For the reasons set forth below Plaintiff has failed to state a cognizable claim for relief. Plaintiff shall be given the opportunity to file an amended complaint curing the deficiencies described by the Court in this order. In the paragraphs that follow, the Court will provide Plaintiff with the legal standards that appear to apply to his claims. Plaintiff should carefully review the standards and amend only those claims that he believes, in good faith, are cognizable.

III. Discussion

Under section 1983, Plaintiff is required to show that (1) each defendant acted under color of state law and (2) each defendant deprived him of rights secured by the Constitution or federal law.

Long v. County of Los Angeles, 442 F.3d 1178, 1185 (9th Cir. 2006). There is no respondeat superior liability under section 1983, and therefore, each defendant is only liable for his or her own misconduct. Iqbal, 129 S.Ct. at 1948-49. In other words, Plaintiff may not bring suit against a defendant because of his supervisory position. Plaintiff must demonstrate that each defendant personally participated in the deprivation of his rights. Jones, 297 F.3d at 934.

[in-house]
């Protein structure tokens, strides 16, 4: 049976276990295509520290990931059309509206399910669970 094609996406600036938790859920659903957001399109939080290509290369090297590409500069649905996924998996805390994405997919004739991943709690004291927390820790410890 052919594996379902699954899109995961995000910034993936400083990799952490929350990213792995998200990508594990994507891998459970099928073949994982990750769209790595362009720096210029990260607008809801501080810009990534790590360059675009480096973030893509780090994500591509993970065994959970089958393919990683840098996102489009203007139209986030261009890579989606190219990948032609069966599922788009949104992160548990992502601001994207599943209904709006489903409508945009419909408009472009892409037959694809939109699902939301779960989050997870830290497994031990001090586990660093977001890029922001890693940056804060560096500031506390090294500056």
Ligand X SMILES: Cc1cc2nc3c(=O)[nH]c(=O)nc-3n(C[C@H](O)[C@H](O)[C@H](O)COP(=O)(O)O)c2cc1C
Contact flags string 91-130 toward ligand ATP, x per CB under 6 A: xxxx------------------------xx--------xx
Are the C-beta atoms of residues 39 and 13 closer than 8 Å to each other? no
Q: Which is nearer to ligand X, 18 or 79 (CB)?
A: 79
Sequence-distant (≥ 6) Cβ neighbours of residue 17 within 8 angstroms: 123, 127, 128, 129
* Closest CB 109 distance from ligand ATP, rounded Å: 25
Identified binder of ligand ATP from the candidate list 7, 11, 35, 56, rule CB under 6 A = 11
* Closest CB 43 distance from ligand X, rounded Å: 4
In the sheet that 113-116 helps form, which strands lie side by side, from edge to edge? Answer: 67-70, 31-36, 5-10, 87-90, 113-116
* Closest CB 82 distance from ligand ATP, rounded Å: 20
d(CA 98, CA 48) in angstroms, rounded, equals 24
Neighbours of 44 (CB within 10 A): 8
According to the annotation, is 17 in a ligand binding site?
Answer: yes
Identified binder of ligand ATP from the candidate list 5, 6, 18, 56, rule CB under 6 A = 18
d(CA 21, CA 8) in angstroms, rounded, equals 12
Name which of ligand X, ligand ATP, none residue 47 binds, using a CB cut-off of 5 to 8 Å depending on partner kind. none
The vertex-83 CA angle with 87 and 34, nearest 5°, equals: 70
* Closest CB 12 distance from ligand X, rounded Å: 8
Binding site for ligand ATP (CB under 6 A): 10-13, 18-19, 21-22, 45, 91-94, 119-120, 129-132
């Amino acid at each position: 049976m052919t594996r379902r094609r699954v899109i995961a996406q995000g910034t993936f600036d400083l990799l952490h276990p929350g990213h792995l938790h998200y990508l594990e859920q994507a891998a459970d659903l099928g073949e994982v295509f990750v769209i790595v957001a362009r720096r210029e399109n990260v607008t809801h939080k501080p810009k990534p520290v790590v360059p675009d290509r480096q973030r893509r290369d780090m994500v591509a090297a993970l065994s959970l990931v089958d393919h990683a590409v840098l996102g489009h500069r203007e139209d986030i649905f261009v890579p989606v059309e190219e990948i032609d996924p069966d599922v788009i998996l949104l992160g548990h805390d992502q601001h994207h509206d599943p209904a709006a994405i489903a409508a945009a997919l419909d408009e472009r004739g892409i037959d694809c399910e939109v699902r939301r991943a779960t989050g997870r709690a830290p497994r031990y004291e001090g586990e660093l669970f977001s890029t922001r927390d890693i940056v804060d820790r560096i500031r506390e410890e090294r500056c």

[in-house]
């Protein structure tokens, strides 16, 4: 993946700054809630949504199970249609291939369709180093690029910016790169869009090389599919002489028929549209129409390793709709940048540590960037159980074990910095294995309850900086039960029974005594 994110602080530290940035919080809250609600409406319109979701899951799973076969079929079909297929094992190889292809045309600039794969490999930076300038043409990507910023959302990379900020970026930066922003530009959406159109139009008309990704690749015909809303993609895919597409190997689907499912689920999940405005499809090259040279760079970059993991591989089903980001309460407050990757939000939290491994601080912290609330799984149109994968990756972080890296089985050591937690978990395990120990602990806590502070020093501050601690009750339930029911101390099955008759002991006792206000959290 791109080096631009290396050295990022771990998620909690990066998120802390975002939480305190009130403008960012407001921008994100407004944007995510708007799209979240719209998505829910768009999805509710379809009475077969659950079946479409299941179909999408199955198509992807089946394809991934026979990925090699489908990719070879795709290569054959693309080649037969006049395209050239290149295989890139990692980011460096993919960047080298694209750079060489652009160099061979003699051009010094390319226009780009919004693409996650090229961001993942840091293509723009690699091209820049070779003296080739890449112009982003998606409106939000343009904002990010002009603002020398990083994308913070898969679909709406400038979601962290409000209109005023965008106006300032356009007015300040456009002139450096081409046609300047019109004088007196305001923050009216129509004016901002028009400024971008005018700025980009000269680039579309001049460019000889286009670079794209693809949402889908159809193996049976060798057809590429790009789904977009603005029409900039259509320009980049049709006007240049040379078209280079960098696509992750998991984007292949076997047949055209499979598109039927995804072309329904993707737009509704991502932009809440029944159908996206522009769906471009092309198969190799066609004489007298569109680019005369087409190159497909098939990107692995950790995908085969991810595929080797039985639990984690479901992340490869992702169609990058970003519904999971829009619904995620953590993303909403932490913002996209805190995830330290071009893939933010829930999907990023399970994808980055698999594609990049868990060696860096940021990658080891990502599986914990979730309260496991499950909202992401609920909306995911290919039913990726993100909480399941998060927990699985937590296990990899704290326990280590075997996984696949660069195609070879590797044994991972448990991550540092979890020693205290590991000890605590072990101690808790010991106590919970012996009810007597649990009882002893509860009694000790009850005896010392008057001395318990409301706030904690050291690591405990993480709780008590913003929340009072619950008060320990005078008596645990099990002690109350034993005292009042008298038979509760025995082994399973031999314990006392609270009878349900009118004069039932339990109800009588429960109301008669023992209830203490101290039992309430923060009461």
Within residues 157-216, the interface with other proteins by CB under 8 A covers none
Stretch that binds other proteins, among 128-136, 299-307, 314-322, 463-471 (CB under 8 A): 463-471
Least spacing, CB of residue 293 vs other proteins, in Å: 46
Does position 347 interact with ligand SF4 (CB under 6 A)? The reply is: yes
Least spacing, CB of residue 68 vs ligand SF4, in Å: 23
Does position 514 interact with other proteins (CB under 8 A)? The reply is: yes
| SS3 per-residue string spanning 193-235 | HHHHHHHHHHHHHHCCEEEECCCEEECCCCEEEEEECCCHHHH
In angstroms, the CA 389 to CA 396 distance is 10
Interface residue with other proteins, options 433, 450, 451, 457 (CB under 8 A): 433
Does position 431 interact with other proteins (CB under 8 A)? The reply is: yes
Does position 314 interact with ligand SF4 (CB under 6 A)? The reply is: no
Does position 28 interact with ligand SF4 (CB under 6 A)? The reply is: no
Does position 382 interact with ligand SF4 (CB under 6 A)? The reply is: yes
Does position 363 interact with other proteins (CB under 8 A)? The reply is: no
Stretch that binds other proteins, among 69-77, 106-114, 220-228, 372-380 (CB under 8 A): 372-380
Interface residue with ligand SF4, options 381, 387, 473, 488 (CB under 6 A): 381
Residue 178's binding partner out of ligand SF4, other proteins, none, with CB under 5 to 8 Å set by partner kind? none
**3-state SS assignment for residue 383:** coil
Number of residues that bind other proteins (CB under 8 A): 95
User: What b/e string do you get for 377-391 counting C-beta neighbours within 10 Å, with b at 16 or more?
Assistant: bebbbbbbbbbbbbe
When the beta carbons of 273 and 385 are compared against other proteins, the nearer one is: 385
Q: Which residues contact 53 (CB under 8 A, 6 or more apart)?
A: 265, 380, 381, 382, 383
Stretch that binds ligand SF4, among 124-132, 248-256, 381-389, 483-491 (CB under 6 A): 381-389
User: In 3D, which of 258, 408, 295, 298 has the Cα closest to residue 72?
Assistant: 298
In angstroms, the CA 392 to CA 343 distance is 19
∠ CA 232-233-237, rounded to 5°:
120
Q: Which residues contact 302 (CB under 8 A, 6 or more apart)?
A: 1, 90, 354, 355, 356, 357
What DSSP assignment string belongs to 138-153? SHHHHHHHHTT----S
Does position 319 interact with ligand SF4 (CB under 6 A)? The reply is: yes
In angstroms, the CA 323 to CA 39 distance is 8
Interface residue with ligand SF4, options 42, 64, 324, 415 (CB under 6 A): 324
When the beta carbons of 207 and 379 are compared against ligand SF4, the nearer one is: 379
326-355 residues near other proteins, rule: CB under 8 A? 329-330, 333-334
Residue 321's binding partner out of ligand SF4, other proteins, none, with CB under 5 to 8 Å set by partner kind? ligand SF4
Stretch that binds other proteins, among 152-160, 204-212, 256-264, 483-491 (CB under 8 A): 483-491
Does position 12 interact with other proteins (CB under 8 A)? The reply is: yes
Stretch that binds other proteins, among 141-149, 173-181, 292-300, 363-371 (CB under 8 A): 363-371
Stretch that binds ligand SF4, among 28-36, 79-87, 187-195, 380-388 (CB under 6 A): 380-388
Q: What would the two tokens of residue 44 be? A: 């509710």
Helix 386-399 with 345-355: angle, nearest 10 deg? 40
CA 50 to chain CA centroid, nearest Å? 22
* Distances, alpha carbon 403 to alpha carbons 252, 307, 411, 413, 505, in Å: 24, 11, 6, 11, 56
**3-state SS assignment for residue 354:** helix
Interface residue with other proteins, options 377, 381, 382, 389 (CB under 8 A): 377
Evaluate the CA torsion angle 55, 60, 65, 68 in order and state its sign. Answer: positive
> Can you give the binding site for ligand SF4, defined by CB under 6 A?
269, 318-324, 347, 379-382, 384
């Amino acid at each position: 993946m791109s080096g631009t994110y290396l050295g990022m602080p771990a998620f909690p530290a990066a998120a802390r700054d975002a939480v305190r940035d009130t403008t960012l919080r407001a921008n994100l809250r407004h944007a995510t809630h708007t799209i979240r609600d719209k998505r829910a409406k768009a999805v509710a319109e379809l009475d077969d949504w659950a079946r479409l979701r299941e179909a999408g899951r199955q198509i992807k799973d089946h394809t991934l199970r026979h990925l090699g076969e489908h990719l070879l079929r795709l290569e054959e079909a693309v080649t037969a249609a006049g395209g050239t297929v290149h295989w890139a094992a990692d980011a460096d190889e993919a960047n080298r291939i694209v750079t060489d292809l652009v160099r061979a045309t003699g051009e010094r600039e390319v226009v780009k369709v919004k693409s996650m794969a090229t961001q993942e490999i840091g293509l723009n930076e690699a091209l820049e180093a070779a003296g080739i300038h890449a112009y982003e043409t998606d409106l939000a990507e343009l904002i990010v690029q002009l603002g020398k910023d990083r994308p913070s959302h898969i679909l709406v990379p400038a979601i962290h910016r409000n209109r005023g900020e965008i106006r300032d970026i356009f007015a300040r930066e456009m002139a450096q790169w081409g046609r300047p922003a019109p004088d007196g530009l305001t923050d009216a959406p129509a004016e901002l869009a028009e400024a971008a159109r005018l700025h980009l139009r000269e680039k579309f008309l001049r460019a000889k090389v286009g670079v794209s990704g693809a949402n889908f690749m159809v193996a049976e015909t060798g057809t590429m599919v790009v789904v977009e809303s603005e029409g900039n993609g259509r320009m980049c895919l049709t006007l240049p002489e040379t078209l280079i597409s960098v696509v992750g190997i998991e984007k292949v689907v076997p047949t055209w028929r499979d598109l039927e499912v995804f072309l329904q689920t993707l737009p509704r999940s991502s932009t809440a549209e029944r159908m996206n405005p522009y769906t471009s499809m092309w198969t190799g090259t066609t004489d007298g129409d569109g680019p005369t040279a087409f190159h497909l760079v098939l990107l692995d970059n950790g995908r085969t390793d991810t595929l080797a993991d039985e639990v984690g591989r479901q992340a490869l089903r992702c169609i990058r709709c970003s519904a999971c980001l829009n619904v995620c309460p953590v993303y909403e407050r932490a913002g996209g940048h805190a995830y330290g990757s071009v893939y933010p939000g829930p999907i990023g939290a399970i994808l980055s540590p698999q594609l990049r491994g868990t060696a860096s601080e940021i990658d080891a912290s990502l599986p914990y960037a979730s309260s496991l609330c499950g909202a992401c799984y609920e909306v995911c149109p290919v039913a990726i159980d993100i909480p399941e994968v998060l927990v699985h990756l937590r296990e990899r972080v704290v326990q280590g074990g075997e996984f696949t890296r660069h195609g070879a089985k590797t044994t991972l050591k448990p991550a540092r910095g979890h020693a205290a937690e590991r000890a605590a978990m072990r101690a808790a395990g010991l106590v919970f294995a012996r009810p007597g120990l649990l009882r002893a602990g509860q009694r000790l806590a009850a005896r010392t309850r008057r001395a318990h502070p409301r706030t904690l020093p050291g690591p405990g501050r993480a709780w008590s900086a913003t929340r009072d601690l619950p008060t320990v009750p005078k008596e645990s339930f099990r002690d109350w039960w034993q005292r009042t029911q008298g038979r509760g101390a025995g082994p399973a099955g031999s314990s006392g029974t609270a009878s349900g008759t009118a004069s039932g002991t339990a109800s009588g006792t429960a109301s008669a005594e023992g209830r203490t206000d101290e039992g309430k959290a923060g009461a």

In this instance, Plaintiff has not linked the defendants named in his complaint to any acts or omissions that purportedly led to the violation of those rights. The general assertions do not suffice to show that Plaintiff's constitutional rights were violated by these defendants. Iqbal, 129 S.Ct. at 1949-50. It appears that for some, if not all, of the defendants Plaintiff is attempting to impose liability not on Defendants' personal involvement but because they hold positions of authority which does not provide a basis for liability under section 1983. Iqbal at 1949; Jones, 297 F.3d at 934. "[T]o maintain an Eighth Amendment claim based on prison medical treatment, an inmate must show "deliberate indifference to serious medical needs.'" Jett v. Penner, 439 F.3d 1091, 1096 (9th Cir. 2006) (quoting Estelle v. Gamble, 429 U.S. 97, 104, 97 S. Ct. 285, 291 (1976)). The two part test for deliberate indifference requires the plaintiff to show (1) "a 'serious medical need' by demonstrating that failure to treat a prisoner's condition could result in further significant injury or the 'unnecessary and wanton infliction of pain,'" and (2) "the defendant's response to the need was deliberately indifferent." Jett, 439 F.3d at 1096.

Deliberate indifference is shown where the official is aware of a serious medical need and fails to adequately respond. Simmons v. Navajo County, Arizona, 609 F.3d 1011, 1018 (9th Cir. 2010). "Deliberate indifference is a high legal standard." Simmons, 609 F.3d at 1019; Toguchi v. Chung, 391 F.3d 1051, 1060 (9th Cir. 2004). The prison official must be aware of facts from which he could make an inference that "a substantial risk of serious harm exists" and he must make the inference. Farmer v. Brennan, 511 U.S. 825, 837, 114 S. Ct. 1970, 1979 (1994).